I would blame my second friend for his early departure before the ensuing event, because he is the more patient and quite honestly smartest out of the three of us. I would blame him, but I can't. I have to blame my love for the boat, my egocentric theory of if someone else can do it so can I, and lastly the economy for the decision to cut up my floorboards.
My friend and I went back to my house to grab, the Skillsaw,..It all was working out nicely I had found a pencil at the boat, traced out the design I thought would give enough workspace, and access to the areas we needed.
My first two cuts went well. I wasn't quite concerned about it being perfect, but I was really trying to do it right, I had a 45 degree angle on the cuts so they could be put back down, they were shallow, at an inch or slightly under. It was looking good.
On the third cut, infront of the galley stove is where the water started shooting into the cabin.
As I stared in disbelief as a spout of 7-10 inches of water shot through the floors. Everything possible ran through my mind of course including the cost of refloating a sunk boat--I gathered myself together and had my friend run to the Night Watchman, whose name is Gary, and they gathered the Heavy Duty Bilge pump (we never used) and came down to assist me. I had grabbed one of the two seat cushions I had aboard and was standing on top of it to hold it against the gush. Gary asked if I had a drill and screws to see about sealing the hole with a piece of wood. I had drills but no screw bit, I had screws but they were too long, and I had thrown away all the sealant caulk I had aboard. My friend grabbed some cotton rags and hammered them into the tiny gash with a screwdriver which slowed the flow but did not stop the egress of water into the boat. I almost lost it when Gary handed me the number for a Diving and Salvage company, I thought she was going down. I called Michael, who works for Ballard Marine Diving and Salvage, he had a larger time window than I was comfortable with so refered me to Dwayne over at Emerald City Diving, Dwayne and me talked and since I was already overdue for a haulout, he suggested I get an Emergency Haulout. I told him I didn't know any of the Yard owners, how could I get ahold of them? Dwayne said,"I know a guy. Let me call you right back" Within minutes he had called me back stating that a friend of his has a yard and would be able to be there in 45 min. This was at approximately 9:20PM, I got called back by a gentleman who asked me where my boat was, what slip was she in, how big was the hole, I answered his questions and he told me he'd be there in 35 minutes. THANK YOU GOD. The gentlemans name was John Dunato. He is a wonderful man, he was calm, jolly, pleasant, and lastly professiona*/cise with the travelift and despite us not knowing the exact shape of her hull and prop placement lifted her out without so much as a bump. His assistant Bonnie was a younger woman, we handled the ropes and boat position in the slings. When we got her up and over he checked and rechecked, positioned and repositioned the blocks we were setting her on, with shims and pieces of wood. He even re-re-adjusted them. The whole time maintaining a personable, humorous, bedside manner about the whole ordeal. Despite it being 11:00 on a Saterday night.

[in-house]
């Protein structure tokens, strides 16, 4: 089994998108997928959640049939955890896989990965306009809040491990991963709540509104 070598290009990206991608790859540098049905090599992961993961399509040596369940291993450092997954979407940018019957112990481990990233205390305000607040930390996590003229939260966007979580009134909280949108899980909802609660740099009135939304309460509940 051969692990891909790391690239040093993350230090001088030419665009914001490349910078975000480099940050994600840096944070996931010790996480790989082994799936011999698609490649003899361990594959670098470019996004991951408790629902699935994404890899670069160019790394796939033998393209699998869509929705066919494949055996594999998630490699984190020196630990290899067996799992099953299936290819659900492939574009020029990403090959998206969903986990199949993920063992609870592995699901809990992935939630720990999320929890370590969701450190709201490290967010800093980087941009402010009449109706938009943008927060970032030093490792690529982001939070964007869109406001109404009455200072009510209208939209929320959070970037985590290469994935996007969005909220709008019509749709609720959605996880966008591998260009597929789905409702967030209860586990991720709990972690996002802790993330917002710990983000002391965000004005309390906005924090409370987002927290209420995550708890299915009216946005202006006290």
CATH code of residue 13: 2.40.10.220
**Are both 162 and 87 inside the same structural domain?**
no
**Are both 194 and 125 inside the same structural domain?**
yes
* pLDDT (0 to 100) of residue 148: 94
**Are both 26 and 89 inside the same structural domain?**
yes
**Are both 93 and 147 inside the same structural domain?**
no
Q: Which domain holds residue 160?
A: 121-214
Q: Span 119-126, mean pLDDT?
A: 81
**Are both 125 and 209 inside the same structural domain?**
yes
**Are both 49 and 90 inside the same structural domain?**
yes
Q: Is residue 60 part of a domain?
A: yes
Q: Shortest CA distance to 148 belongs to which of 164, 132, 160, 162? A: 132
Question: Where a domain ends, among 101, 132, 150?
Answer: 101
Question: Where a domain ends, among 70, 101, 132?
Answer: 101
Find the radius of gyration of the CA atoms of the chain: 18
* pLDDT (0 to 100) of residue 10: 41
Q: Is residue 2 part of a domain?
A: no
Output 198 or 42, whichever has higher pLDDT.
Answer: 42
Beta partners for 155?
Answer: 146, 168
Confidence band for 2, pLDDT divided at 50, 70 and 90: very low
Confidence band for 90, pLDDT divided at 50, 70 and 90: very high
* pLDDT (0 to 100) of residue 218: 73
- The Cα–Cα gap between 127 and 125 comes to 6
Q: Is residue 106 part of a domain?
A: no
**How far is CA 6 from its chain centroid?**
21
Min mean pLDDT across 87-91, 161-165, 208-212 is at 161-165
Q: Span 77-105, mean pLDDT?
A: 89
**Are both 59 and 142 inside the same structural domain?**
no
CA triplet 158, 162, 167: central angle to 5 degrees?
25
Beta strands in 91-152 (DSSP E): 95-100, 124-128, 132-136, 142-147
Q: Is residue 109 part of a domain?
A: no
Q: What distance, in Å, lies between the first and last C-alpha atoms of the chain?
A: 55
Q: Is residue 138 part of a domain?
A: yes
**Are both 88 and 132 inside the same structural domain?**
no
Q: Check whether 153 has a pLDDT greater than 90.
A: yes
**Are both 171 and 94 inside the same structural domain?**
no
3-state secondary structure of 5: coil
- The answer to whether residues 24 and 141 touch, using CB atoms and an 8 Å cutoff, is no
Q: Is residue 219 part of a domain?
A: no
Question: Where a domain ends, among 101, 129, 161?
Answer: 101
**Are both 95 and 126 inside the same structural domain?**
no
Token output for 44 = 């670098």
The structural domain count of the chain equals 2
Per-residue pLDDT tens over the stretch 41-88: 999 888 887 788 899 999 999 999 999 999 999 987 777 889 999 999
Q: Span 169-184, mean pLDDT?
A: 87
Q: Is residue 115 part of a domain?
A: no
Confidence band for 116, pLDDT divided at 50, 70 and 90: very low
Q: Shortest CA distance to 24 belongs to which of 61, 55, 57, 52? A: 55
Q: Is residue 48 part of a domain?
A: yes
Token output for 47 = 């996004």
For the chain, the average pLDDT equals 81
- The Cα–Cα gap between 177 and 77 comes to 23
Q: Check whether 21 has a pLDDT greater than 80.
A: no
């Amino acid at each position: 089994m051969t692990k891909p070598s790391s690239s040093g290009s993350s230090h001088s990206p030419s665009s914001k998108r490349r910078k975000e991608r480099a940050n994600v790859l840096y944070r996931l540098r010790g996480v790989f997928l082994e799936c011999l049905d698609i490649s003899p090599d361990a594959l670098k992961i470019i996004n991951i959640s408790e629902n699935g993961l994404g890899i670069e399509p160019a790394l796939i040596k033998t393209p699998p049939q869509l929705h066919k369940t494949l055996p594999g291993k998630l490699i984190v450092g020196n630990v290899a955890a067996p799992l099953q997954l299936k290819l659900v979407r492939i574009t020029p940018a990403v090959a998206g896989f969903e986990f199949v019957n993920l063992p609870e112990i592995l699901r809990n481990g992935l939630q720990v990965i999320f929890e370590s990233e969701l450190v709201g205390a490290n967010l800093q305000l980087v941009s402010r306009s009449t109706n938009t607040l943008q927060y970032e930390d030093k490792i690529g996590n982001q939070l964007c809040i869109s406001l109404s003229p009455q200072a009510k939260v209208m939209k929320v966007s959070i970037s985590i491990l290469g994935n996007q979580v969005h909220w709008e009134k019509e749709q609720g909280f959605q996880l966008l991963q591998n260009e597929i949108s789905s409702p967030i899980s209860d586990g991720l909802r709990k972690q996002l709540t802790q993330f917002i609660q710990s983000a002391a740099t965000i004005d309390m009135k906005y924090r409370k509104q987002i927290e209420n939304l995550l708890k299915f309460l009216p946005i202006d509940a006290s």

All this happened in the nightime, by the time it happened my cell was dead. So there are no pictures, no pictures of the repair, no pictures of the event, no pictures of the way that John and Bonnie busted their asses to get me out of the water, or the rescue. The few pictures I had of us working on the boat got killed when my iphone reset itself. But it all reallllllllly happened. He has a boatyard located in the Lake Union Ship Canal by the water in Fremont, The name is Dunato's Marine Service he has been in business for 41 years.
Some of the choices I made did have a positive outcomes. I didn't sink the boat, and hopefully made a friend. And now shes hauled out... Mission Successful?
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Old 10-08-2011, 18:12   #21
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Bump?
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Old 10-08-2011, 18:14   #22
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Here's a pic of her on the hard
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Old 10-08-2011, 22:13   #23
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Re: 'Vamose' Buchan 37 Returns to Freshwater

Looks odd seeing such a long boom. Mine was shortened some where along the line when they put up the 50' stick. Are you going to leave her blue or repaint? Doing the bottom while she's out? More pics!
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Old 10-08-2011, 23:50   #24
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Re: 'Vamose' Buchan 37 Returns to Freshwater